Controlling mold in the home
By Patricia Gerhardt
River Valley District Extension Agent
Molds are everywhere and can be detected both indoors and outdoors all year long. No one knows how many species of mold exist but estimates range from tens of thousands to perhaps 300,000 or more. While molds grow best in warm, damp and humid conditions, they can survive in drier environments also. Because mold is so prevalent, the Centers for Disease Control and Prevention does not recommend routine testing for it.
In 2004, the Institute of Medicine found there was sufficient evidence to link indoor mold exposure to upper respiratory symptoms, coughs, and wheezing in otherwise healthy people. However, some people are particularly sensitive to mold and have more serious reactions including nasal stuffiness, eye irritation, wheezing, and/or skin irritation. Persons with asthma and hypersensitivity pneumonia are especially susceptible.
The best way to detect if mold is present is by using your sense of smell. While we know breathing mold spores is not 'healthy', no standard has been set for what is a tolerable limit. Basically, if your nose detects a musty, "old" smell, chances are mold is present. Then, it's time to use your eyes to find it, remove it, and get rid of the source of moisture which is causing it.
Person particularly sensitive to mold should avoid areas where it is likely to be found. Outdoors, molds flourish in compost piles, cut grass, and wooded areas. Specific recommendations to keep your home mold-free are posted on the CDC's website at www.cdc.gov/mold/faqs.htm. These include:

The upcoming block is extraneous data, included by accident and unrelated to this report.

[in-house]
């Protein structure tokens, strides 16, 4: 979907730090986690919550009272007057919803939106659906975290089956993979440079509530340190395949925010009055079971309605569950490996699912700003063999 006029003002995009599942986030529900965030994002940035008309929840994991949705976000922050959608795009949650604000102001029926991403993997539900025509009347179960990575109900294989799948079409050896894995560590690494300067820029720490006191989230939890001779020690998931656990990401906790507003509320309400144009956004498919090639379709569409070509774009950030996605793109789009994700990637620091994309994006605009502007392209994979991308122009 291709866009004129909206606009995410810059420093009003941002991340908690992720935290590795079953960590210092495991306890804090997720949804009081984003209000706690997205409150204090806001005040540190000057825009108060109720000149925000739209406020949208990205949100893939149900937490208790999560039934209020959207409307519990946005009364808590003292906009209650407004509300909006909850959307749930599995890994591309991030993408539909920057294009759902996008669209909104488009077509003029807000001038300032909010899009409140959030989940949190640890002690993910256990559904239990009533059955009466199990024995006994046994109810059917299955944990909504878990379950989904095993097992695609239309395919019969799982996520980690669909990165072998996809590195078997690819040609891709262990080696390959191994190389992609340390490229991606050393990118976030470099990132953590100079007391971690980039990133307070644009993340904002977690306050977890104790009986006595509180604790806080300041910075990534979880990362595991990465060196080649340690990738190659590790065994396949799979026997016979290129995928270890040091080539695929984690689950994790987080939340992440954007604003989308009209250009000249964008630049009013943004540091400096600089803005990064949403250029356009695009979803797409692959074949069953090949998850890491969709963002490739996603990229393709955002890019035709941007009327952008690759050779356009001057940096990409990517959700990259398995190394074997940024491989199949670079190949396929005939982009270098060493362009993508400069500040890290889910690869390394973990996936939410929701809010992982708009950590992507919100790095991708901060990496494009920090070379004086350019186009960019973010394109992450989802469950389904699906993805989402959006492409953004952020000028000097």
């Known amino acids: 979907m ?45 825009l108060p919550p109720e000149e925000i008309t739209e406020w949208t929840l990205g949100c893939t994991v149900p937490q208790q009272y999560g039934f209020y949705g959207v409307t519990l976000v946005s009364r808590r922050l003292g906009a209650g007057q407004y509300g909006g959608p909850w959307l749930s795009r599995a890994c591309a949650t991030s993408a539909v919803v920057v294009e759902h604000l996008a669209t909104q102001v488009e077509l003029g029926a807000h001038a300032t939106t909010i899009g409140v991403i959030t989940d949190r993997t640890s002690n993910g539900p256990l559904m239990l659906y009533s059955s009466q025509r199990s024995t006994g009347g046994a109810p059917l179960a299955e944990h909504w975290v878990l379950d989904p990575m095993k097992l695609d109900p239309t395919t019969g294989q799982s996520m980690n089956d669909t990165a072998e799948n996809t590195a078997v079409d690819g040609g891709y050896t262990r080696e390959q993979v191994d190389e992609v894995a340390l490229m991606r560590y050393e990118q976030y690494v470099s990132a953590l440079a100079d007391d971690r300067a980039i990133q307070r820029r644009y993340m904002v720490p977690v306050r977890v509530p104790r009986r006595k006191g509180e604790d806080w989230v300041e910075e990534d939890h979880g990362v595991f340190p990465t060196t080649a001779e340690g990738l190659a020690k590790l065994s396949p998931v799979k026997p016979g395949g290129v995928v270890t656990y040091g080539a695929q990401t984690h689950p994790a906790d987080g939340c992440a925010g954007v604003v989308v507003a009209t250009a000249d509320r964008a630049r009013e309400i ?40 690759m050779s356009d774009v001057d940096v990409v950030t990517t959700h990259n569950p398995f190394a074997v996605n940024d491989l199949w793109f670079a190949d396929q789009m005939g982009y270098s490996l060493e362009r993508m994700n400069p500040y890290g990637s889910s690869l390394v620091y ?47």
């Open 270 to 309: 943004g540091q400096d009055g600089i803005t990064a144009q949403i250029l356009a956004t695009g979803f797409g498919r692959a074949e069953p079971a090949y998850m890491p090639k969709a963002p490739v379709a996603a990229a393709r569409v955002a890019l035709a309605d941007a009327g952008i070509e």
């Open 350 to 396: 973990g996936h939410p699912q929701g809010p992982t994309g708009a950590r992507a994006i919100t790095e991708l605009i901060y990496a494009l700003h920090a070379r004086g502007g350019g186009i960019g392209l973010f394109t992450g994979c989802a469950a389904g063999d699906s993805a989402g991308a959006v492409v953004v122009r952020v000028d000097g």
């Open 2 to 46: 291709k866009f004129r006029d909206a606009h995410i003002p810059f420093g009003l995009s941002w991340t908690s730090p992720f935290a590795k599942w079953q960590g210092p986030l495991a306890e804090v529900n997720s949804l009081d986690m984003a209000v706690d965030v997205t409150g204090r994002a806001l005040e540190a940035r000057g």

--Keep the humidity level in the house between 40 percent and 60 percent.
--Use an air conditioner or a dehumidifier during humid months.
--Be sure the home has adequate ventilation, including exhaust fans. This is especially important in bathrooms and kitchens.
--Use paint that contains mold inhibitors.
--Clean bathrooms with mold killing products.
--Avoid carpeting bathrooms and basements.
If you've detected mold in your home, clean up the mold and fix the water problem. If you would like to use a vacuum cleaner to initially remove the surface mold spores, be sure to destroy the cleaner's bag when you are finished. (Otherwise you will release mold spores into the air the next time the vacuum is turned on.) Mold growth can be removed from hard surfaces with commercial products, soap and water or a bleach solution of no more than 1 cup of bleach to 1 gallon of water. Remember to avoid mixing bleach with ammonia or other cleaning products so that dangerous toxic fumes will not be released. To protect yourself, use a mask and wear gloves. Be sure to dry the area thoroughly when you are finished.